By AIER Staff
From October 1-4, 2020, the American Institute for Economic Research hosted a remarkable meeting of top epidemiologists, economists, and journalists, to discuss the global emergency created by the unprecedented use of state compulsion in the management of the Covid-19 pandemic. The result is The Great Barrington Declaration, which urges a “Focused Protection” strategy.
After a brief explanation of the strategy, and a discussion of the astonishing costs of lockdown, the Declaration concludes: “Schools and universities should be open for in-person teaching. Extracurricular activities, such as sports, should be resumed. Young low-risk adults should work normally, rather than from home. Restaurants and other businesses should open. Arts, music, sport and other cultural activities should resume.”
The primary authors and signers of the document are
- Dr. Martin Kulldorff, Professor, Medicine, Harvard Medical School.
- Dr. Jay Bhattacharya, Professor, Medicine, Stanford University.
- Dr. Sunetra Gupta, Professor, Theoretical Epidemiology, University of Oxford.
The co-signers include
- Dr. Eyal Shahar, MD professor (emeritus) of public health at the University of Arizona, a physician, epidemiologist, with expertise in causal and statistical inference.
- Dr. Eitan Friedman, MD, PhD. Founder and Director, The Susanne Levy Gertner Oncogenetics Unit, The Danek Gertner Institute of Human Genetics, Chaim Sheba Medical Center and Professor of Medicine, Department of Internal Medicine and Depertment of Human Genetics and Biochemistry, Tel-Aviv University.
- Dr. Rajiv Bhatia, MD, MPH a physician with the VA health system with expertise in epidemiology, health equity practice, and health impact assessment of public policy. He formerly served as a Deputy Health Officer for San Francisco for 18 years.
- Dr. Michael Levitt, PhD, a biophysicist and a professor of structural biology at Stanford University. Prof. Levitt received the 2013 Nobel Prize in Chemistry for the development of multiscale models for complex chemical systems.
- Dr. Rodney Sturdivant, PhD. associate professor of biostatistics at Baylor University and the Director of the Baylor Statistical Consulting Center. He is a Colonel in the US Army (retired) whose research includes a focus on infectious disease spread and diagnosis.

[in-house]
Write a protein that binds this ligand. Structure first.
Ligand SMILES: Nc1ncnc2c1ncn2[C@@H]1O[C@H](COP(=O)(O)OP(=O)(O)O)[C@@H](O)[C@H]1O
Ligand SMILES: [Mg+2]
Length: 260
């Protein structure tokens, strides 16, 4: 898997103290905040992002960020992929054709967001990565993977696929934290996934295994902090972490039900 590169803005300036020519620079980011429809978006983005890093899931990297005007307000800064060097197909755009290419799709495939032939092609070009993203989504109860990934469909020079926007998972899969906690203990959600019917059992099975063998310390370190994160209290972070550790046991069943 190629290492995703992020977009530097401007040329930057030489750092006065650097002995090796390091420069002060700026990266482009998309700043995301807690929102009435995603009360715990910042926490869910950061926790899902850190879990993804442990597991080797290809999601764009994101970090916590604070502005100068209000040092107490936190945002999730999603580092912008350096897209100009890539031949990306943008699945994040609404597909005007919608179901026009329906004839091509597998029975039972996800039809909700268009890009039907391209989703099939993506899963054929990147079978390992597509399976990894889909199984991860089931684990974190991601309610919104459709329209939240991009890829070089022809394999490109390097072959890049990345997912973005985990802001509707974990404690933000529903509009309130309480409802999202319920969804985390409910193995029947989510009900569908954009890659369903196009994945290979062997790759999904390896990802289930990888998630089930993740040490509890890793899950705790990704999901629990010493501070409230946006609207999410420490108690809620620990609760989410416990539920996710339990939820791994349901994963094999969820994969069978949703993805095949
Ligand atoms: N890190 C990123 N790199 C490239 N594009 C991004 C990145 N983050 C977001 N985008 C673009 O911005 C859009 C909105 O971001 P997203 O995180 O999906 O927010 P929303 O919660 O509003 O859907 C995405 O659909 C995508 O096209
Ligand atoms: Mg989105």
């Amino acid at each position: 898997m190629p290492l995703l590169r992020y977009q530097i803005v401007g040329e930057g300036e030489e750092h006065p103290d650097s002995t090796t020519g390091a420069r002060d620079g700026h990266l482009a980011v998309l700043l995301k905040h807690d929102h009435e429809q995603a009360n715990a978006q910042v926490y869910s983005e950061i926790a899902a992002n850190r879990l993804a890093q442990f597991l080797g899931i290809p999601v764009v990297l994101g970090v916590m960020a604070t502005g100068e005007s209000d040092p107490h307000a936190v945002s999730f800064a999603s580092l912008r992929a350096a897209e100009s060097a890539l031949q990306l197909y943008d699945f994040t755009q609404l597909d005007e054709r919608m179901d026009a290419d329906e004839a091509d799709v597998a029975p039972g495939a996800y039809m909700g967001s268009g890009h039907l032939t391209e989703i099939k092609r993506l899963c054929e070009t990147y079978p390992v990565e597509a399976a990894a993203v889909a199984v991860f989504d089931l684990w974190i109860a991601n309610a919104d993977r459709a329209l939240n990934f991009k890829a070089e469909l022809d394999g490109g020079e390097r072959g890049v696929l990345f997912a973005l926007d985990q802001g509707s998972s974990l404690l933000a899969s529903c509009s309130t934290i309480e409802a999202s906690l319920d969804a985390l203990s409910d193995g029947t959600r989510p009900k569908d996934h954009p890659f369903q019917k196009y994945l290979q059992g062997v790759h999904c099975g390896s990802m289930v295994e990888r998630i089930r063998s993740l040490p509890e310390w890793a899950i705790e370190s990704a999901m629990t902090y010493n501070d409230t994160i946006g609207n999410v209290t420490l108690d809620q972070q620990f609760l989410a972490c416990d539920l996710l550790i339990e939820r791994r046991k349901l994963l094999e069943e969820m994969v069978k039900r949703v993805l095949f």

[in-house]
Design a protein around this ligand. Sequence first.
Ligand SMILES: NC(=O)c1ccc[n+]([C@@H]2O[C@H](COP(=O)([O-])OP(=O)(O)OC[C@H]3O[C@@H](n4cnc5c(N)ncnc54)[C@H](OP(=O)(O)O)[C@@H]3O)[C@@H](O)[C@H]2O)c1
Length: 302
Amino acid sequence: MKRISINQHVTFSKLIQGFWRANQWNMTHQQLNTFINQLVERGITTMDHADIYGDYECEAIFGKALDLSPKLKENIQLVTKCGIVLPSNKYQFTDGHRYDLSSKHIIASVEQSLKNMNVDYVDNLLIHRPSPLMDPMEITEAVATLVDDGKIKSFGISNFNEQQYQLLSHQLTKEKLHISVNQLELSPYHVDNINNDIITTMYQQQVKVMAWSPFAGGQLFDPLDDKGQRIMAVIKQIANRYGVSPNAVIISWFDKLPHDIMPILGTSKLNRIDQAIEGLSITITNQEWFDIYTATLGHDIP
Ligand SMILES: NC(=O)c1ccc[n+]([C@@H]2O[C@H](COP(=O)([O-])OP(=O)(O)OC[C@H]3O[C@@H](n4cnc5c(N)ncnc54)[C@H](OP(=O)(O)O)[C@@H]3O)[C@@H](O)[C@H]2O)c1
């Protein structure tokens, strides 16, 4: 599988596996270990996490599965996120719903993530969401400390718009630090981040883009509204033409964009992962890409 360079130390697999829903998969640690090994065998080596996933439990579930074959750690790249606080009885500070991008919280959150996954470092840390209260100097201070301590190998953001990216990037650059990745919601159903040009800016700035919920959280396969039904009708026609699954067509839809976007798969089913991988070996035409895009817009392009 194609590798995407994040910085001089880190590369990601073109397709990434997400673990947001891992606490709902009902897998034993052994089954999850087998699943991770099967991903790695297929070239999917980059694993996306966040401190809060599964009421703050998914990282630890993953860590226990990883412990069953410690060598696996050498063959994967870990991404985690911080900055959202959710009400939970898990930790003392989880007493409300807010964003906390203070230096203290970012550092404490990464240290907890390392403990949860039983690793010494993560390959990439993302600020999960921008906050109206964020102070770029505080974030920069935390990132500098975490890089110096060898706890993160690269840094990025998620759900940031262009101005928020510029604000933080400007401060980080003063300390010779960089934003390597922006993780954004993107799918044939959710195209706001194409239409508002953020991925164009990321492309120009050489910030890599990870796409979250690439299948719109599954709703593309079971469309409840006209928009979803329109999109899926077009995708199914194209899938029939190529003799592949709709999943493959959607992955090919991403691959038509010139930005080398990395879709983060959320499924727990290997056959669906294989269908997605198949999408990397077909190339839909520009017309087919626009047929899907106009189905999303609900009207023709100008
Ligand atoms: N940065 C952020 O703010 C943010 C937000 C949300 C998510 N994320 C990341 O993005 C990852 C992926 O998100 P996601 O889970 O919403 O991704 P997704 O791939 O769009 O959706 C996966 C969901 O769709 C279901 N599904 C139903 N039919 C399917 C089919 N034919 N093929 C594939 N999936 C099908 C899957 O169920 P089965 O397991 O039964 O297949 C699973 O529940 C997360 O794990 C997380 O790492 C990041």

- Dr. David Katz, MD, MPH, President, True Health Initiative and the Founder and Former Director of the Yale University Prevention Research Center.
- Dr. Laura Lazzeroni, PhD., professor of psychiatry and behavioral sciences and of biomedical data science at Stanford University Medical School, a biostatistician and data scientist.
- Dr. Simon Thornley, PhD is an epidemiologist at the University of Auckland, New Zealand. He has experience in biostatistics and epidemiological analysis, and has applied these to a range of areas including communicable and non-communicable diseases.
- Dr. Michael Jackson, PhD is an ecologist and research fellow at the University of Canterbury, New Zealand.
- Dr. Jonas Ludvigsson, pediatrician, epidemiologist and professor at Karolinska Institute and senior physician at Örebro University Hospital, Sweden.
- Dr. Sylvia Fogel, autism expert and psychiatrist at Massachusetts General Hospital and instructor at Harvard Medical School, USA.
- Dr. Andrius Kavaliunas, epidemiologist and assistant professor at Karolinska Institute, Sweden.
The document is now open for signing by medical professionals and practitioners as well as the general public. You can sign the document.
The American Institute for Economic Research was founded in 1933 in the midst of an economic crisis in the United States. Its purpose was and is to research and promulgate evidence-based solutions to social and economic problems, with a particular focus on the importance of functioning markets. The crisis of the policy response to Covid-19 drew AIER’s close attention from late January 2020 and following. The hosting of this crucial meeting was in the interest of backing the best science, promoting essential human rights, and reviving a focus on the common good.
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